Port Burwell, Talbot Settlement, Pressey,

Port Burwell, Ontario Today

The next group to arrive included George,my 4th great-grandfather, his wife, Mary and 5 children: Henry, Phineas, Frederick, Ann and George.  They started their life in Canada at Port Burwell, Ontario as one of the first settlers to the area on what was part of the Talbot Settlement.  To this day, many descendants of John and George Pressey still live in the area of Port Burwell having established a new history for the family name and a new history for this land we call Canada.

 

Notes:

  1.  “The Downton Story,”  accessed Dec. 22, 2015, http://www.thedowntonstory.com/index.html.
  2. “PRESSEY FAMILY_DESCENDANTS OF PINEAS PRESSEY (1246) & RUTH BAILEY (1247),” accessed December 22, 2015,http://presseyfamily.tripod.com.
  3. “Port Talbot, Ontario,” accessed December 22, 2015,https://en.wikipedia.org/wiki/Port_Talbot,_Ontario.

 

12 Months of Fascinating Family Finds

Bye-Bye To Bill’s Pizza of Tillsonburg

Bill's Pizza, Tillsonburg, Cheese PizzaAt the far south end of Tillsonburg, amongst the tumbleweeds where activity once abounded, lies a treasure hidden within a small hole-in-the-wall shop between the old “Royal Hotel” and the bowling alley.  A treasure now buried but to be remembered fondly.  A treasure of amazing pizza and people: Bill’s.

I just read The Tillsonburg News page that Bill’s Pizza in Tillsonburg is done. I’m in shock and disappointment.  Without question, the best pizza around as far as I’m concerned. So great, in fact, I had intended to write a blog post about it as one of the best things about living in Southwestern Ontario: convenient access to Bill’s pizza.  It was one of those “best kept secret” kind of places I would recommend to someone spending time in the area. Not just for the pizza but the staff and the joint also.

The crust was thin and homemade. According to End of an era: Saying goodbye to Bill’s Pizza posted in the Tillsonburg News, Bill’s went through 4 homemade batches a day. The sauce was just the right amount of spice and sweetness with a deep rich, red colour. My usual order was an extra large cheese pizza for my fussy family.  Once in a while I got a deluxe or a meat-lovers if the occasion warranted. The bacon was always real pieces of deli bacon, not bacon bits as many contemporary chain pizzas offer, and the deluxe would have fresh vegetables.  And the cheese, I can’t forget the cheese. There was always a tonne of cheese. So much, that when it melted there was a shimmery coating of grease that would sit on top. I know that may not sound appealing and your arteries may constrict just thinking about it but that was what made it a taste phenomenon. Before even taking a bite my taste buds would do sommersaults in anticipation of what was coming at them.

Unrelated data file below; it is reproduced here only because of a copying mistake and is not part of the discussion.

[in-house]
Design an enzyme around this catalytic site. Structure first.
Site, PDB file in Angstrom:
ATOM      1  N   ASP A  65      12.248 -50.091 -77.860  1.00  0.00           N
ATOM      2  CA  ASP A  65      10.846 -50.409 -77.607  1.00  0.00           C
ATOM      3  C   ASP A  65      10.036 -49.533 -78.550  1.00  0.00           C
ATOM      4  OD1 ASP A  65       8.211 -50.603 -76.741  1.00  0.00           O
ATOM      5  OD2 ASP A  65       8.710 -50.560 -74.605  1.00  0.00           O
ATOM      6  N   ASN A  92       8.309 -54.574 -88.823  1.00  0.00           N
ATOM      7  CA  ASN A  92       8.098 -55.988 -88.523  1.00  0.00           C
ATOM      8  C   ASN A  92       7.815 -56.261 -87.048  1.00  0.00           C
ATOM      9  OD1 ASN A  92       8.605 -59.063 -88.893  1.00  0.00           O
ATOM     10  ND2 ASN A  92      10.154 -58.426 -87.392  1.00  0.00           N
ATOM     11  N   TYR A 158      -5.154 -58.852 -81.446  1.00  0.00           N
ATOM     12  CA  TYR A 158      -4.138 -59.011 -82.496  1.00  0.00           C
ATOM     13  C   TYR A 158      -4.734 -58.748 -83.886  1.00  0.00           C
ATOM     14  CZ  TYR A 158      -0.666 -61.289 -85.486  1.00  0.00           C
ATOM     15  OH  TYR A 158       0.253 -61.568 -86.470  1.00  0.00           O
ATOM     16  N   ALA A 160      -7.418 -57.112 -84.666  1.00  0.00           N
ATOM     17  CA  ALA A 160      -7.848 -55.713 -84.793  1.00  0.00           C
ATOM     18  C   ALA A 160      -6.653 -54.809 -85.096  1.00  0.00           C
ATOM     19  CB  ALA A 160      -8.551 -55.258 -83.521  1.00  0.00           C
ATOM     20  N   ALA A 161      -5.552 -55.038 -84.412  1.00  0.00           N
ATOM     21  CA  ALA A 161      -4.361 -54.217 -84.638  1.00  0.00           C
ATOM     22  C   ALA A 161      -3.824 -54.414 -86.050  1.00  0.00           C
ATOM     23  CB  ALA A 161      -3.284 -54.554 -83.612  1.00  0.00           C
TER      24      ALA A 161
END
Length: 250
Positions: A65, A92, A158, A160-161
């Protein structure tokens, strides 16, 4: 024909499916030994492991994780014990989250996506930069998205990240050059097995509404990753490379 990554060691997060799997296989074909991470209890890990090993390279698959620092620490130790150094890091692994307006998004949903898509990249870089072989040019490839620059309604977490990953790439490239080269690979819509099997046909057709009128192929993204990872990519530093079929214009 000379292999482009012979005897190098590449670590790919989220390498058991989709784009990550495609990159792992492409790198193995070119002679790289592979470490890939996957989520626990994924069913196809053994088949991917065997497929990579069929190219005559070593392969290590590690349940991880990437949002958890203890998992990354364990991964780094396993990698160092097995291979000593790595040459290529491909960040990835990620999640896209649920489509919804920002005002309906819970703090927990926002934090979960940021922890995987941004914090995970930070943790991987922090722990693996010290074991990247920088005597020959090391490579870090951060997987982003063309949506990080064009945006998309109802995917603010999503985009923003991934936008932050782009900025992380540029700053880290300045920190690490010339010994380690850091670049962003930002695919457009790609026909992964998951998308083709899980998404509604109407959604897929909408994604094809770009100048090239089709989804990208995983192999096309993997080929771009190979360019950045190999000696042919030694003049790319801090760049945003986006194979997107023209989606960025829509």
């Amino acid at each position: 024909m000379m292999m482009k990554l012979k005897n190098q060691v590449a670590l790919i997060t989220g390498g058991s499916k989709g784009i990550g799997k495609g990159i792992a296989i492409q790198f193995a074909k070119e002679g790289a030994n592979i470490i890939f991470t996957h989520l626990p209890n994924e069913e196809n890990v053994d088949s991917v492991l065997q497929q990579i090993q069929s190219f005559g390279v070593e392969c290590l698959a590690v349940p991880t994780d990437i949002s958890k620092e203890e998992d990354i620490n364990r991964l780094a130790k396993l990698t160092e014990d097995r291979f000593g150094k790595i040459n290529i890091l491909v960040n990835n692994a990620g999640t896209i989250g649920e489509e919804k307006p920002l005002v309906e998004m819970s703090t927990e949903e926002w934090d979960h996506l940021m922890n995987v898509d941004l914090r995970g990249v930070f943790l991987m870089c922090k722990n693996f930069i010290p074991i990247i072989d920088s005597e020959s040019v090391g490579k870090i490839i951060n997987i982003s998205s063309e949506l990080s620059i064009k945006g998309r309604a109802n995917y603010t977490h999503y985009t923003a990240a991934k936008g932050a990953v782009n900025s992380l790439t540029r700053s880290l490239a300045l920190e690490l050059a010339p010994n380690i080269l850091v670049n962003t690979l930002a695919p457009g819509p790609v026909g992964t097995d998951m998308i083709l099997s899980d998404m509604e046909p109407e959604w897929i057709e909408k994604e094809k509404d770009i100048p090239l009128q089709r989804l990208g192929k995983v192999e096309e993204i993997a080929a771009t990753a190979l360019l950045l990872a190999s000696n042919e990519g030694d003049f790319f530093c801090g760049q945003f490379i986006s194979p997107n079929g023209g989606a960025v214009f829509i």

Bill’s Pizza quickly became the favourtie of my and my sister’s, out-of-town significant others and we have passed on the tradition to our children as well.  This was our go-to pizza growing up in Tillsonburg and a must-have when we are back visiting.  There is simply no other pizza like it.  It’s what I imagine a New York pizza to be like if I ever the opportunity to try it.

Bill’s has survived many years on their incredible reputation for great pizza and customer service.  It even managed to be one of the only businesses (that I’ve patronized) that never succumb to the use of electronic fees transfer.  If you wanted to purchase a pizza from Bill’s you had to do it “old-school”.  No debit or credit.  Cash only.  Luckily, the bowling alley next door was equipped with a bank machine or there would have been several nights of disappointment for me.  It was part of the charm of Bill’s.  It stayed constant and authentic through all the 43 years in business.

It was always a marvel as well, to see Irene or Don every time I would go in to pick up the pizza. I wondered if they ever took a holiday. According to the Tillsonburg news, I guess they didn’t. Obviously they loved what they did. They were always chatty and congenial. Every pizza passed over that counter was delivered with a smile and a thank you.  43 years of dedication and commitment to getting the best pizza out to generations of hungry patrons.  With retirement already underway, I wish them the best and happiest wishes for an amazing life from the other side of the counter.  And may they sense the biggest smile and sincere thank you from one grateful and satisfied customer.

Crestleaf.com’s 12 Months of Fascinating Family Finds: June

12 Months of Fascinating Family Finds

I’m very intrigued and excited about Crestleaf.com’s 12 Months of Fascinating Family Finds Challenge.  During my family research journey, I’ve discovered lots of great stories and uncovered interesting personas that I want to share with other genealogy enthusiasts.  The problem is that I don’t always get my stories together in a timely fashion due to a full-time workload, mommy to 2 busy boys and being an active community member.  This just might be the right challenge to motivate me to get these tales posted.